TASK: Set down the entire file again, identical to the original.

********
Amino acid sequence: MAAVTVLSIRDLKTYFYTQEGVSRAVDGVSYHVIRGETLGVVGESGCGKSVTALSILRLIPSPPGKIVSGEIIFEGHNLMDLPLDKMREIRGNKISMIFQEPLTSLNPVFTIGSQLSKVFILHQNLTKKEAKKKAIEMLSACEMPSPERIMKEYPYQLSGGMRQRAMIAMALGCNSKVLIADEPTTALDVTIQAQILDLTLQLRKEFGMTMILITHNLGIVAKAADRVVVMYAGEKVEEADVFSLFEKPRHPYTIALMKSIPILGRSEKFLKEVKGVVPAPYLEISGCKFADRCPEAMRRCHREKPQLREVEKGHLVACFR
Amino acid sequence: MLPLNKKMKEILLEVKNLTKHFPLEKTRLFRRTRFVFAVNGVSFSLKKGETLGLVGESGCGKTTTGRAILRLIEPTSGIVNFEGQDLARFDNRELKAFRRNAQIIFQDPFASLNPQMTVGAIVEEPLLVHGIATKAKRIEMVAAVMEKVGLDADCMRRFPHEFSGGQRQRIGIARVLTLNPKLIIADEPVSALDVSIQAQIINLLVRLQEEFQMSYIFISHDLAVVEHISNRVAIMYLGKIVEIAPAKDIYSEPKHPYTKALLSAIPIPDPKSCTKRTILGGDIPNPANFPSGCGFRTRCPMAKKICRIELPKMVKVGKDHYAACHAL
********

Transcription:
Amino acid sequence: MAAVTVLSIRDLKTYFYTQEGVSRAVDGVSYHVIRGETLGVVGESGCGKSVTALSILRLIPSPPGKIVSGEIIFEGHNLMDLPLDKMREIRGNKISMIFQEPLTSLNPVFTIGSQLSKVFILHQNLTKKEAKKKAIEMLSACEMPSPERIMKEYPYQLSGGMRQRAMIAMALGCNSKVLIADEPTTALDVTIQAQILDLTLQLRKEFGMTMILITHNLGIVAKAADRVVVMYAGEKVEEADVFSLFEKPRHPYTIALMKSIPILGRSEKFLKEVKGVVPAPYLEISGCKFADRCPEAMRRCHREKPQLREVEKGHLVACFR
Amino acid sequence: MLPLNKKMKEILLEVKNLTKHFPLEKTRLFRRTRFVFAVNGVSFSLKKGETLGLVGESGCGKTTTGRAILRLIEPTSGIVNFEGQDLARFDNRELKAFRRNAQIIFQDPFASLNPQMTVGAIVEEPLLVHGIATKAKRIEMVAAVMEKVGLDADCMRRFPHEFSGGQRQRIGIARVLTLNPKLIIADEPVSALDVSIQAQIINLLVRLQEEFQMSYIFISHDLAVVEHISNRVAIMYLGKIVEIAPAKDIYSEPKHPYTKALLSAIPIPDPKSCTKRTILGGDIPNPANFPSGCGFRTRCPMAKKICRIELPKMVKVGKDHYAACHAL